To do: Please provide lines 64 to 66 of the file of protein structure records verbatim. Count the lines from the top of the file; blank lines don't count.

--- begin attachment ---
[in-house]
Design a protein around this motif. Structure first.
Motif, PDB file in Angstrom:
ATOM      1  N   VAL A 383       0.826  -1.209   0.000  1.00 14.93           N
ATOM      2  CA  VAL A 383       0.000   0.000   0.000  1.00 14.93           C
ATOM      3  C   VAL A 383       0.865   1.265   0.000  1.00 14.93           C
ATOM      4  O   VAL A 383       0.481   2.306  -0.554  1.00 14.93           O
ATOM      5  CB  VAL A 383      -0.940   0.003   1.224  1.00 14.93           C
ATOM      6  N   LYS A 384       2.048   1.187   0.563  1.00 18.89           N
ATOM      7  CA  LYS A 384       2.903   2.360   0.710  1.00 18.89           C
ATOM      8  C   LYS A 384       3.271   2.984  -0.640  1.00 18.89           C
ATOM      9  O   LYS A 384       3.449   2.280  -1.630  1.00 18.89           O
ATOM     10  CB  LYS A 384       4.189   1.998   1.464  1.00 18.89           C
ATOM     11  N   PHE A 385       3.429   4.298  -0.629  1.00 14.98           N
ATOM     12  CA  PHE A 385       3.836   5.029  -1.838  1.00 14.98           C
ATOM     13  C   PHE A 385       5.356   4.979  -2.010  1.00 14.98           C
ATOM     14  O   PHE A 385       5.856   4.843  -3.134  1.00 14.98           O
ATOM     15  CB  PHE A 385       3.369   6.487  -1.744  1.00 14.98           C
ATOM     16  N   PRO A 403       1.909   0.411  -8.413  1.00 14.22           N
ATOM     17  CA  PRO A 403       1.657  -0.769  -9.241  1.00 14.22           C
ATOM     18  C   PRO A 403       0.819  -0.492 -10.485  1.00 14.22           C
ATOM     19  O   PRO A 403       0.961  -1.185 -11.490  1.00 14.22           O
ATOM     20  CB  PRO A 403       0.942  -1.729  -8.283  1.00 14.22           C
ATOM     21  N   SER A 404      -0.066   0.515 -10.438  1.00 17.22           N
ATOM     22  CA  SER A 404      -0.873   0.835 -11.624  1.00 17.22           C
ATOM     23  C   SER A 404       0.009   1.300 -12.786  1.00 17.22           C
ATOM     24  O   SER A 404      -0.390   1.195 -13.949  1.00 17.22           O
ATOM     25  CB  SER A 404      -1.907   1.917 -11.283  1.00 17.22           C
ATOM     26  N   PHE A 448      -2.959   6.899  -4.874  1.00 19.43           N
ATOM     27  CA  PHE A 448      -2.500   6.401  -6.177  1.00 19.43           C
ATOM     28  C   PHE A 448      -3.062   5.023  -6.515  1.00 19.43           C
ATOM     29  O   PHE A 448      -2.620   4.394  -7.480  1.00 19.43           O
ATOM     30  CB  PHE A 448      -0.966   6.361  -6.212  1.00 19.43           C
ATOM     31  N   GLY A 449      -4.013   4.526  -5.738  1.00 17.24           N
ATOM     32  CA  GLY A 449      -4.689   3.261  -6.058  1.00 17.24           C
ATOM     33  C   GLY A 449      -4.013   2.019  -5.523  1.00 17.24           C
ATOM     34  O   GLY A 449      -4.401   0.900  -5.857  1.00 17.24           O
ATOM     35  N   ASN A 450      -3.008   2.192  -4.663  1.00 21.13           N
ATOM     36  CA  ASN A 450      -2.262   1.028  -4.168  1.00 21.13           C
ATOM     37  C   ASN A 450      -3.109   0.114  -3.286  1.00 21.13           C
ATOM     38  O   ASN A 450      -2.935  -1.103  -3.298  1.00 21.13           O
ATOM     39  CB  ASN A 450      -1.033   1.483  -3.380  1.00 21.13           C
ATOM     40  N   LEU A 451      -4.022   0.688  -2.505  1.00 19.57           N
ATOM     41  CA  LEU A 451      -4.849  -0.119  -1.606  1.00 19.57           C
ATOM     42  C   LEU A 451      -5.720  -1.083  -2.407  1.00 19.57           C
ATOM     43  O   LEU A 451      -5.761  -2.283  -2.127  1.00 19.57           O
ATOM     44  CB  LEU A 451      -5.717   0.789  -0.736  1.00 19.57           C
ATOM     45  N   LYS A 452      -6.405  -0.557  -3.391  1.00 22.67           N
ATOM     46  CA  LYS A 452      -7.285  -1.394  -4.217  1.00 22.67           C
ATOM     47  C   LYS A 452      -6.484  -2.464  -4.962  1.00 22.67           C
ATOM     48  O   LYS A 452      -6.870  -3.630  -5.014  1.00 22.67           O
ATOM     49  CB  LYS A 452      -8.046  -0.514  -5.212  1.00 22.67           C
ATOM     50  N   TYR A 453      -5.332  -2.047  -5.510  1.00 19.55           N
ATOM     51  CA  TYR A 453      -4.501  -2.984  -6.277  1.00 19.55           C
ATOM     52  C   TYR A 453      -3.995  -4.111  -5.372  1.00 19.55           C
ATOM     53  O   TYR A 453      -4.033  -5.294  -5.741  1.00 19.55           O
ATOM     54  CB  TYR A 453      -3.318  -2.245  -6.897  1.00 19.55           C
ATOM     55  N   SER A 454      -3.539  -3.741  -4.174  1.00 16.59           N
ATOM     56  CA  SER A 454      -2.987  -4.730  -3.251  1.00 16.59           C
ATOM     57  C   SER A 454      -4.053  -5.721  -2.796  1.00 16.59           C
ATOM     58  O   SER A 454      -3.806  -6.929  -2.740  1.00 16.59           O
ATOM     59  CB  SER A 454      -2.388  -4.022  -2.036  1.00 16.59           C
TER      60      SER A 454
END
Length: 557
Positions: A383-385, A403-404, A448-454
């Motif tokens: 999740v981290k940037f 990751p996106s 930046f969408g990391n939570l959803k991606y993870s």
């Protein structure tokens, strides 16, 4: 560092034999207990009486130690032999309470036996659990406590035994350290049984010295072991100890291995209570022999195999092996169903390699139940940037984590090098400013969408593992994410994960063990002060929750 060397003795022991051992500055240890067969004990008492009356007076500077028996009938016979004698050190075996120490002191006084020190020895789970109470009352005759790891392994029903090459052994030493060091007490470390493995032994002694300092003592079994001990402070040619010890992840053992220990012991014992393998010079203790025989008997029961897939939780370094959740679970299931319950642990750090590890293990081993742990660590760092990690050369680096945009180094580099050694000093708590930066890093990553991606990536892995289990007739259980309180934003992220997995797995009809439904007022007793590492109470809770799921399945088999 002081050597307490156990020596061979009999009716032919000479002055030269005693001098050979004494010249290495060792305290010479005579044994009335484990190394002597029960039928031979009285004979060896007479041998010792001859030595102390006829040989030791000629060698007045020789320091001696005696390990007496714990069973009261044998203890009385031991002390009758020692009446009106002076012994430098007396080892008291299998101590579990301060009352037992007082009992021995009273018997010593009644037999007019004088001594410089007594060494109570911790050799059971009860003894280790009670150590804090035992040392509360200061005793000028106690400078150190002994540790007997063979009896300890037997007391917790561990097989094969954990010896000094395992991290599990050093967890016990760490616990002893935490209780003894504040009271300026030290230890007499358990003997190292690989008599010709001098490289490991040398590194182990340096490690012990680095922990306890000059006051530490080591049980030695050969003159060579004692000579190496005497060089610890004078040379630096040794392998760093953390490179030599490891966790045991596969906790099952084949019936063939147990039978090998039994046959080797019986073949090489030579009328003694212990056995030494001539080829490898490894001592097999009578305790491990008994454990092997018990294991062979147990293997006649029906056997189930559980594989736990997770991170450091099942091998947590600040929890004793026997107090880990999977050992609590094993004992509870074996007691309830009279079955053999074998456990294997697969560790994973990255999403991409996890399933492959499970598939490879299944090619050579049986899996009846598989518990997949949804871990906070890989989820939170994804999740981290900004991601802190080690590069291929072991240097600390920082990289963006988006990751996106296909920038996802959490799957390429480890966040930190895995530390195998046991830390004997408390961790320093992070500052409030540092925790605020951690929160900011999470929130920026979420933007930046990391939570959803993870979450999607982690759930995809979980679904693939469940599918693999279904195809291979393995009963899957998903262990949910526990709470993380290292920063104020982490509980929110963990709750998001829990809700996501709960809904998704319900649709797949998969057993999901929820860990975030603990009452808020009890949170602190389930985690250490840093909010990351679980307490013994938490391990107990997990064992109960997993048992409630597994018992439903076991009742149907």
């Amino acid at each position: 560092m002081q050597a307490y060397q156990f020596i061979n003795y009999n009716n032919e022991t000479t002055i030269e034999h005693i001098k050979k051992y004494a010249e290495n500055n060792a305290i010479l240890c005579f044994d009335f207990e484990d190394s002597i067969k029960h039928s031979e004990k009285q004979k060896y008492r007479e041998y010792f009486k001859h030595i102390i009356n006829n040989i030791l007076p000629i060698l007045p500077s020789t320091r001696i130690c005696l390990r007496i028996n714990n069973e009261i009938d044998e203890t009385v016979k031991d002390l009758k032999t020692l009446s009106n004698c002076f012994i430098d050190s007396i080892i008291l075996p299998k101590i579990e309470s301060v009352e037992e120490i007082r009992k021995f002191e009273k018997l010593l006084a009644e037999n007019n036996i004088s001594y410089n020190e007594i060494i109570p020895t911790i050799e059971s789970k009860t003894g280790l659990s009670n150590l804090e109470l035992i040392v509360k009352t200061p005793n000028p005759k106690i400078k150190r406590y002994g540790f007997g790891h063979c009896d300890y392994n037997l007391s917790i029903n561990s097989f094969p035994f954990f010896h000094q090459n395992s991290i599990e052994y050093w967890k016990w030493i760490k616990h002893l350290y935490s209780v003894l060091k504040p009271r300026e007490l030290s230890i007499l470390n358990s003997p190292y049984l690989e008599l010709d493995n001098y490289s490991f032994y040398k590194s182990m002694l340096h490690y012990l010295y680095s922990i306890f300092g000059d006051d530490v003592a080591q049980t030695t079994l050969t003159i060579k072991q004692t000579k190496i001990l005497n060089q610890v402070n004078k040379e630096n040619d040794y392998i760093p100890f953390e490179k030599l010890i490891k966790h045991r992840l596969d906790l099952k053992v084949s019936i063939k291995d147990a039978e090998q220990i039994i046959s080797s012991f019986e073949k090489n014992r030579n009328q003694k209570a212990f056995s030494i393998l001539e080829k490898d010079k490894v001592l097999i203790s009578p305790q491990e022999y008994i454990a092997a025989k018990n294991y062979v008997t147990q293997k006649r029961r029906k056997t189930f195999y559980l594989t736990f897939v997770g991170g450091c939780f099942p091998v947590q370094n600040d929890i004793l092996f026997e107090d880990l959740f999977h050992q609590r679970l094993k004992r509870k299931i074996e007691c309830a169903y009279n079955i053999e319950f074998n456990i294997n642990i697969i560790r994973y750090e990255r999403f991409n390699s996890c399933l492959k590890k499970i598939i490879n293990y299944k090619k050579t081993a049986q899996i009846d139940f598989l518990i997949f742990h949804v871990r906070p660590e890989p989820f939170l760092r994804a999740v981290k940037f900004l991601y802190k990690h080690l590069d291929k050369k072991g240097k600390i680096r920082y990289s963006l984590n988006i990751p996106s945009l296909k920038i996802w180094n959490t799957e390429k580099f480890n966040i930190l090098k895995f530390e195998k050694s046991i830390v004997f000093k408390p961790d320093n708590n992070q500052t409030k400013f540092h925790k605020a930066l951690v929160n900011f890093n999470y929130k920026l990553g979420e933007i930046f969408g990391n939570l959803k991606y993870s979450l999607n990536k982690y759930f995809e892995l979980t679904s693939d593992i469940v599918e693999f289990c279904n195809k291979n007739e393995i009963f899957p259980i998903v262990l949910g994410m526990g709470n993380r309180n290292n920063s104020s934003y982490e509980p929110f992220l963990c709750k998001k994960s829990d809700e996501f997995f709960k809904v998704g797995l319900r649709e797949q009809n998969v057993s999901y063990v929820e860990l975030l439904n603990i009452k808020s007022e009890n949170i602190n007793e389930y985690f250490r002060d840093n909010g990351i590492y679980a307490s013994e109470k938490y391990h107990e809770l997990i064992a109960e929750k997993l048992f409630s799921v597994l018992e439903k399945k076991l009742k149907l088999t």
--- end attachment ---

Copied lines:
END
Length: 557
Positions: A383-385, A403-404, A448-454